Meal planning is one of the simplest and easiest tools available to you for improving your wellness. It will add a lot of structure to your days and weeks while providing a range of benefits. Planning out your meals doesn’t take very long, either, especially once you are used to it and have a process. Using meal planning to prepare a good food list should also go hand in hand with other food prep and support measures, like buying a Big Berkey Water Filter. You will have a unified and methodical approach to shopping, cooking, and eating if you understand why and how meal planning is so valuable.
The Physical Benefits
Eating healthy is the most important component in maintaining a healthy weight and getting the right nutrition. Many diet plans like Weight Watchers and Atkins use a form of meal planning to guide you towards eating certain foods. Planning out your meals in advance means you can avoid snacking and balance out what you eat. You don’t need to go as far as counting calories or studying every nutritional facts label, but it is a good idea to use meal planning to examine things like how often you eat vegetables and how much sugar is in the foods you eat most often.
Meal planning can add just a little bit of structure to your eating. That is a healthy habit that will benefit you no matter what your relationship with food is. If you are trying to lose weight, then with meal planning you can define what you will eat for the month and determine the right portion size for each meal. If you are an athlete, you can ensure that over the course of a week you are reaching your goals.
With unplanned meals, it is very easy to eat more than you intended or wind up running out of ingredients too quickly. Meal planning lets you know ahead of time that you will have all the food you need when you need it.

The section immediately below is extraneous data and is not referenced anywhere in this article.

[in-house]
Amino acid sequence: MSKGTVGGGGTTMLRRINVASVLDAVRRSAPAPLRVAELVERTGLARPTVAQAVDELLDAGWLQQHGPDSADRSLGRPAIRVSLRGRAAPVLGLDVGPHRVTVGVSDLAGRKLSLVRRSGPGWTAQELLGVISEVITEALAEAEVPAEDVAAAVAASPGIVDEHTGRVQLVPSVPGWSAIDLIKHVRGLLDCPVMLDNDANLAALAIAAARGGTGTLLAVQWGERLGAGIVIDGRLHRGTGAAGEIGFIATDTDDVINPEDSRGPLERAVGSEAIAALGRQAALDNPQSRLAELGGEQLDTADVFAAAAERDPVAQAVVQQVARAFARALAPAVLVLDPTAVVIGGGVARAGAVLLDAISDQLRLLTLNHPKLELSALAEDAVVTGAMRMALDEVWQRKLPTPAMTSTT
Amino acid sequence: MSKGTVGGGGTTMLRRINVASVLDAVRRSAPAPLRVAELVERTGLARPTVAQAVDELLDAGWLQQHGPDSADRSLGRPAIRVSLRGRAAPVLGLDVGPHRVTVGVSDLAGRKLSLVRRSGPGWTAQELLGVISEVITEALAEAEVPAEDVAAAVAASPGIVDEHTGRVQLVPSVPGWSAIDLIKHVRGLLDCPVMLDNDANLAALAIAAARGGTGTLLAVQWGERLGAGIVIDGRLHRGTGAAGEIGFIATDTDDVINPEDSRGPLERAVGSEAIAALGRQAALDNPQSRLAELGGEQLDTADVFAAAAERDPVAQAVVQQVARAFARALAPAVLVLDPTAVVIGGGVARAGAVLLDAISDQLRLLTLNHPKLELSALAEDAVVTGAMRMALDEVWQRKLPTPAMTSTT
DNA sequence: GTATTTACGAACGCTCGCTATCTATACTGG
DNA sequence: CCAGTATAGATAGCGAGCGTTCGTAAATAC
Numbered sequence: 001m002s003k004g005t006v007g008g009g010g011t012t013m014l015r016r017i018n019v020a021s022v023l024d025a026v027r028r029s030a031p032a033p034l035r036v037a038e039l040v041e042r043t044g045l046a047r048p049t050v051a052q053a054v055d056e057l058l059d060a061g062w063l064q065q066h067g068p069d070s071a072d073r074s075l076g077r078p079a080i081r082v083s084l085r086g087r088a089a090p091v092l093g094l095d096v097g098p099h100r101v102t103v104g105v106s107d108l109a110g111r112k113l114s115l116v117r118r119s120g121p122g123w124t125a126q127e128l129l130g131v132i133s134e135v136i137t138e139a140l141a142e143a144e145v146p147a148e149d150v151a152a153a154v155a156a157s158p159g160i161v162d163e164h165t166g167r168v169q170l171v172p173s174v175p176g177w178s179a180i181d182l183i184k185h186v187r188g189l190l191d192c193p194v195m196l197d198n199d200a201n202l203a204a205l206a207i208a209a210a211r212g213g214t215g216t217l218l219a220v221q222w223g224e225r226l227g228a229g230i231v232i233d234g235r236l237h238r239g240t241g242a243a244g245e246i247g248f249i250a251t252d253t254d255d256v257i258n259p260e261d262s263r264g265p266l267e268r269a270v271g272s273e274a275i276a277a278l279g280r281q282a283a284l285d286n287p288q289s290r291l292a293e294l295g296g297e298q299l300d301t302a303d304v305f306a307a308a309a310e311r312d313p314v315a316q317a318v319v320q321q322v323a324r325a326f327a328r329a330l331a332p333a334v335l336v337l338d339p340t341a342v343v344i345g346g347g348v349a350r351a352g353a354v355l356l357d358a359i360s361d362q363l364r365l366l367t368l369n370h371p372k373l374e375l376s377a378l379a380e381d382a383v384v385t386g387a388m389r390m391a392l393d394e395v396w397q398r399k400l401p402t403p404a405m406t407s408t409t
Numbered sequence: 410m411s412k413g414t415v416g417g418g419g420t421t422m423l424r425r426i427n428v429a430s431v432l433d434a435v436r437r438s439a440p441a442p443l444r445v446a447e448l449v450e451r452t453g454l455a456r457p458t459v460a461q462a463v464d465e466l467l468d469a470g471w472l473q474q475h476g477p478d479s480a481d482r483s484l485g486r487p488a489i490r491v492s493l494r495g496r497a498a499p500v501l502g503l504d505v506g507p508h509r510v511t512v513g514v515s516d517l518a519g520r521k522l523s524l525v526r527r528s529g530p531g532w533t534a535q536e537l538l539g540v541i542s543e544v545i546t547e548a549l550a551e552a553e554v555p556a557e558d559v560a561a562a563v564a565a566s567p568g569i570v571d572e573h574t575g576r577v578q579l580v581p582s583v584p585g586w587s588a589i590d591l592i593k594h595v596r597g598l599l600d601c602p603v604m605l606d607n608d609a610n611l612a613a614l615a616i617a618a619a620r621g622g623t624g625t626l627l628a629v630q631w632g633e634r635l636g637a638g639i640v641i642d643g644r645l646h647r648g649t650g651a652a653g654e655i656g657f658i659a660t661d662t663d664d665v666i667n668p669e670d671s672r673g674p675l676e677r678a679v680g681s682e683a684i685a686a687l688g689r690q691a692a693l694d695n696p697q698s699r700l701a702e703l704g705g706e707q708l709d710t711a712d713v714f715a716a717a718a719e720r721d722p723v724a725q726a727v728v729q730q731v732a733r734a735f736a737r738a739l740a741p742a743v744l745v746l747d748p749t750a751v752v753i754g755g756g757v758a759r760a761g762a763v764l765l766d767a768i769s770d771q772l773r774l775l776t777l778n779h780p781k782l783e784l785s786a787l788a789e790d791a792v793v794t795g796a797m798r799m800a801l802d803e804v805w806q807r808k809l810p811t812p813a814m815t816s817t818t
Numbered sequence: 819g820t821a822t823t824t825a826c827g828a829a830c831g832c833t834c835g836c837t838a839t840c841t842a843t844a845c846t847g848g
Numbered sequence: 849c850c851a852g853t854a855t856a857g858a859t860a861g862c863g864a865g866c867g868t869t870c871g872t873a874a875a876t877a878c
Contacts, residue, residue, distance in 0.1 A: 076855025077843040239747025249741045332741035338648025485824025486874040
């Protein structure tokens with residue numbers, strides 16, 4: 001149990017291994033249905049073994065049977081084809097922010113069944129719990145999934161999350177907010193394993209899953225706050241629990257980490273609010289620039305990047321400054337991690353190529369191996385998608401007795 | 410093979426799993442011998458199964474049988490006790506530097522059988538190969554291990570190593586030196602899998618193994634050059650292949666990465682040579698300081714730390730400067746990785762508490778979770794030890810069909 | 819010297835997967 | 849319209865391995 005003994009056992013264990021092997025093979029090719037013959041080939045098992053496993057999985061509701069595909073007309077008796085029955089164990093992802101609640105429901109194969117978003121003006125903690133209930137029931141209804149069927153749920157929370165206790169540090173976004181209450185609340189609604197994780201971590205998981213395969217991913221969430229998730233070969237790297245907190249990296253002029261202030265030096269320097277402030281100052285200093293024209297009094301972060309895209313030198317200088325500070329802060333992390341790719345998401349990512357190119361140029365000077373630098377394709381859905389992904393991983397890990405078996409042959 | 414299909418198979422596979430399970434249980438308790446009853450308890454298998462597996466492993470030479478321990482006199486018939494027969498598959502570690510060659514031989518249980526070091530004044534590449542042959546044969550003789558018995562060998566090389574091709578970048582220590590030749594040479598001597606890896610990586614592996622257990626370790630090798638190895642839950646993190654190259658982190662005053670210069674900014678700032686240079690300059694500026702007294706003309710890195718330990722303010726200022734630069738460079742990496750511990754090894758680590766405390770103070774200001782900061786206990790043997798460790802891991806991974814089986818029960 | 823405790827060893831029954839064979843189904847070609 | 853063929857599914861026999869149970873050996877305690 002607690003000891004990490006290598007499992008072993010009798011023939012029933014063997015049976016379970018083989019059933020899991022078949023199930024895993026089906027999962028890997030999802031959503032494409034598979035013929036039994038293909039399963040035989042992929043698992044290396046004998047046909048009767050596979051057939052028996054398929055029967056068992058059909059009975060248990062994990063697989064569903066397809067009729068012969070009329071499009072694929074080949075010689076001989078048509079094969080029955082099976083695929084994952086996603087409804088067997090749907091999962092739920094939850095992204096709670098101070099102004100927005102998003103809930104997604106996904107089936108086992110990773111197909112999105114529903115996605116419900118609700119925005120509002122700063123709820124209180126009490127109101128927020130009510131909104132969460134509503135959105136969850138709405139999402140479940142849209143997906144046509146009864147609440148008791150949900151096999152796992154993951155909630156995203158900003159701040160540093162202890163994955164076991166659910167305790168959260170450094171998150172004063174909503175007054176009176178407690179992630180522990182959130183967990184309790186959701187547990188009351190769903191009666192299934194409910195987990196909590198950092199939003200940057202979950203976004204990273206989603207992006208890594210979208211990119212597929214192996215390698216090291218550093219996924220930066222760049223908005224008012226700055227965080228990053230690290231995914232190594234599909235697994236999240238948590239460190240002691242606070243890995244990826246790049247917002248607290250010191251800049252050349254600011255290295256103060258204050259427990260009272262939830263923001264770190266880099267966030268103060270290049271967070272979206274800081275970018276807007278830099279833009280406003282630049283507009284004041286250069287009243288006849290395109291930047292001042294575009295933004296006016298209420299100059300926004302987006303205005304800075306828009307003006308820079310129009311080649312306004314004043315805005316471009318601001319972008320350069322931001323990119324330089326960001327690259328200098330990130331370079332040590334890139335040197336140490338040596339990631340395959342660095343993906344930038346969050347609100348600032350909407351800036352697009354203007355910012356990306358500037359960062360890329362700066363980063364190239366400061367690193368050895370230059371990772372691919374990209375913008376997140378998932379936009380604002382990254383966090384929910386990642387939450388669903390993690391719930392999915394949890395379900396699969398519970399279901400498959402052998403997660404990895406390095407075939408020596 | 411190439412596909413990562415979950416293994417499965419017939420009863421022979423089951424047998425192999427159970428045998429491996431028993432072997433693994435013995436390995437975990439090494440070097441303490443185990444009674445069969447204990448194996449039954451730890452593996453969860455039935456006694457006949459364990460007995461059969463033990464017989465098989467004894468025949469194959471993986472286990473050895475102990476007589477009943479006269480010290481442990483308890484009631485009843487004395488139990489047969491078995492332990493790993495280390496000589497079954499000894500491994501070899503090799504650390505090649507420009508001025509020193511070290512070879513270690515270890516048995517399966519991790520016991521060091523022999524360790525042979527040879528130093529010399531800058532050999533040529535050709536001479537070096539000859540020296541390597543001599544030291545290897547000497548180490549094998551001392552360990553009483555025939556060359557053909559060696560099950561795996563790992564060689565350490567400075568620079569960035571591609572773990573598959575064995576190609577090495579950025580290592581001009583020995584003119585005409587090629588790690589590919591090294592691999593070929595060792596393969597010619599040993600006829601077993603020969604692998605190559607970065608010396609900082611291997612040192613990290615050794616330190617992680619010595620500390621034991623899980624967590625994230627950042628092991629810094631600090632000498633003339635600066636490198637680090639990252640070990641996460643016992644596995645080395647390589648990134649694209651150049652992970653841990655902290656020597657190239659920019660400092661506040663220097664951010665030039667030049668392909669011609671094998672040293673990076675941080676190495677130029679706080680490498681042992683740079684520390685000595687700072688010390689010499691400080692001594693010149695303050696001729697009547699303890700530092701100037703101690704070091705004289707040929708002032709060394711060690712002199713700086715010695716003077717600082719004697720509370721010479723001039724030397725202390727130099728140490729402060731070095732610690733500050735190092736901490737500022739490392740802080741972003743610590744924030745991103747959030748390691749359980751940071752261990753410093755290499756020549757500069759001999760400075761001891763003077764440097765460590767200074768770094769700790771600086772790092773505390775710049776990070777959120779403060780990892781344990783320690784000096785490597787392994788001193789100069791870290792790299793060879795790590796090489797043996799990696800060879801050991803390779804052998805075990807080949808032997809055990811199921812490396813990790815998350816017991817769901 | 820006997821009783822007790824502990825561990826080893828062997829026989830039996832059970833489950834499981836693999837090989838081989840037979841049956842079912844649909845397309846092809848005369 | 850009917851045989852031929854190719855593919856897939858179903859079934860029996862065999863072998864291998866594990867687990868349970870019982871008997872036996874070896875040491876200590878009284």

The Mental Benefits
Like any other form of planning, meal planning can help you relieve stress when done right. Trying to figure out what to eat takes time and effort. When you are coming home from work, tired or distracted, you don’t want to expend more mental energy on figuring out dinner. That is how you wind up ordering out or buying lots of processed food that you can just microwave and eat.
Just set aside about twenty minutes on a weekend day to settle on breakfast, lunch, and dinner for the upcoming week and make that into your shopping list. Find some recipes, adjust the required ingredients to meet your needs, and plan out the prep time for each meal. You can quickly find a couple of options for each meal and then build your shopping list around that. Afterward, do as much of the prep and chopping and other cooking tasks in advance as you can. The idea is to minimize your required effort in the moment so that you can easily stick to the plan–by the time you get home for dinner most of the work should be done.
The Financial Benefits
Most people don’t know this, but grocery stores are designed to convince you to buy things that aren’t on your initial list. This is called unintended shopping. In many cases, half of the total amount people spend during a shopping trip will be unintended. If you plan a meal plan, you can cut down on unintended shopping because you will know that you can get through the week using only what you have on your list.
If you are trying to plan and decide what to buy while you are already at the store, then you are likely to overpay.Just as with the mental benefit, the best approach is to plan as much as you can in advance so that when the time comes to actually shop, there is no decision-making involved– you just get what’s on the list, and only what’s on the list, and you are done.
The Bottom Line
All three of these sets of benefits are interlinked. Having a good plan means you can eat healthier because you have the time to find healthy recipes, which reduces your mental stress and helps you live a balanced lifestyle. By planning out a week at a time, you save money, which also reduces stress. Meal planning is a healthy habit for your body, mind, and bank account.